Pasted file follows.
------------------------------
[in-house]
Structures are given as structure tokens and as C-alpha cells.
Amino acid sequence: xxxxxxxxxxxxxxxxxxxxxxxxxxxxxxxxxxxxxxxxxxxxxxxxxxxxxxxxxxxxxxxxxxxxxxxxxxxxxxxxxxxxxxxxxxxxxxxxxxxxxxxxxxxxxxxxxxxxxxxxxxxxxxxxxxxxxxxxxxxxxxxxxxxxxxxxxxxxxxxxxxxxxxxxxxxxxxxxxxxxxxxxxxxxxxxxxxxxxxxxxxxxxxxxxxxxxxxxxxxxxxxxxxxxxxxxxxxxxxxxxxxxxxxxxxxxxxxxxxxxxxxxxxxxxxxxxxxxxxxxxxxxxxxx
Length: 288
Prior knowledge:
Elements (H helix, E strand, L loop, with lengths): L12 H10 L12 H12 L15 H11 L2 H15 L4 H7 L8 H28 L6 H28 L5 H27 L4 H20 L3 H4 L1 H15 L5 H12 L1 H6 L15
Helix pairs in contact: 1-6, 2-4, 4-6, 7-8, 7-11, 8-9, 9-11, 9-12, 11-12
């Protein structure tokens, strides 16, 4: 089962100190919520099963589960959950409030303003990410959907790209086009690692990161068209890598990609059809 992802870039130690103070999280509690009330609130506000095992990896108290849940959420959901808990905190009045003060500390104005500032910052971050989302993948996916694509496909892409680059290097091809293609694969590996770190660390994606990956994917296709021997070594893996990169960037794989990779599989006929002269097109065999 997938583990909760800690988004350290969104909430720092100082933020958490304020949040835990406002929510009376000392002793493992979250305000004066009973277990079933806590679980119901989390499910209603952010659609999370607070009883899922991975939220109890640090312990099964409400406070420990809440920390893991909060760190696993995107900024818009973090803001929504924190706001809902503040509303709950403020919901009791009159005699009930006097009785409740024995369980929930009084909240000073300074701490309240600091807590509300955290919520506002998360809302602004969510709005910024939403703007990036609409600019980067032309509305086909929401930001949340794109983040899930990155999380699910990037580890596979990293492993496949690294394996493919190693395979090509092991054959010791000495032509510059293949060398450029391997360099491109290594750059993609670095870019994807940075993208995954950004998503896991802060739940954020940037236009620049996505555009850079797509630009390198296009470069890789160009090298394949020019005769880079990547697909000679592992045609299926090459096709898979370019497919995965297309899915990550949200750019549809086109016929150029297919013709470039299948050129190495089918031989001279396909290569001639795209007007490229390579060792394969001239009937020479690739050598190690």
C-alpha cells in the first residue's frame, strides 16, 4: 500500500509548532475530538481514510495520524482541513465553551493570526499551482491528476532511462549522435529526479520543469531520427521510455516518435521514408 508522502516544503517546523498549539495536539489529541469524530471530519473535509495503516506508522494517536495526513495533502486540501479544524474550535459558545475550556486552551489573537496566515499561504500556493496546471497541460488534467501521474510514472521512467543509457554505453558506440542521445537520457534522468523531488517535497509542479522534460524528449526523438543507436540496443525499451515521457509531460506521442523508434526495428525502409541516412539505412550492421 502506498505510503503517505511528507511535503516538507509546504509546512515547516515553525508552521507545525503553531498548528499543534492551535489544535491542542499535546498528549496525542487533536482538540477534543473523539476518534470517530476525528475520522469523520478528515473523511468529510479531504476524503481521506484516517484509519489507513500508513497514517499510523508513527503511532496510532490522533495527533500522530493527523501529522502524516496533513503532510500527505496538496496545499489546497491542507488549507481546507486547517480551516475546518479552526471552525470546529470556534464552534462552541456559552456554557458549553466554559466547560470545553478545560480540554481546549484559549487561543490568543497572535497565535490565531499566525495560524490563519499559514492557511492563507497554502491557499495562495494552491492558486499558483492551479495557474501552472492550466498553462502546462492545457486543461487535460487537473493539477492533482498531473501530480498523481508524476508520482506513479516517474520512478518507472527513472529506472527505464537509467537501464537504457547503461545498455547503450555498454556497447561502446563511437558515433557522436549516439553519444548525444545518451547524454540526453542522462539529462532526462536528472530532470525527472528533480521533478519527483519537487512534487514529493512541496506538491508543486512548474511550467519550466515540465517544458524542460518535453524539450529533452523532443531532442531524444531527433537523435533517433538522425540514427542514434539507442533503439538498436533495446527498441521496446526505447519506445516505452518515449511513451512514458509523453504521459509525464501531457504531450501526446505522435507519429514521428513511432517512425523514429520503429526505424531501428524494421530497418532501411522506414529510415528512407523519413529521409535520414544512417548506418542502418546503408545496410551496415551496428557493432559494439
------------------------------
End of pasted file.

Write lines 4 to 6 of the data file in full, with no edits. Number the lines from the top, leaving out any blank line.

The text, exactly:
Length: 288
Prior knowledge:
Elements (H helix, E strand, L loop, with lengths): L12 H10 L12 H12 L15 H11 L2 H15 L4 H7 L8 H28 L6 H28 L5 H27 L4 H20 L3 H4 L1 H15 L5 H12 L1 H6 L15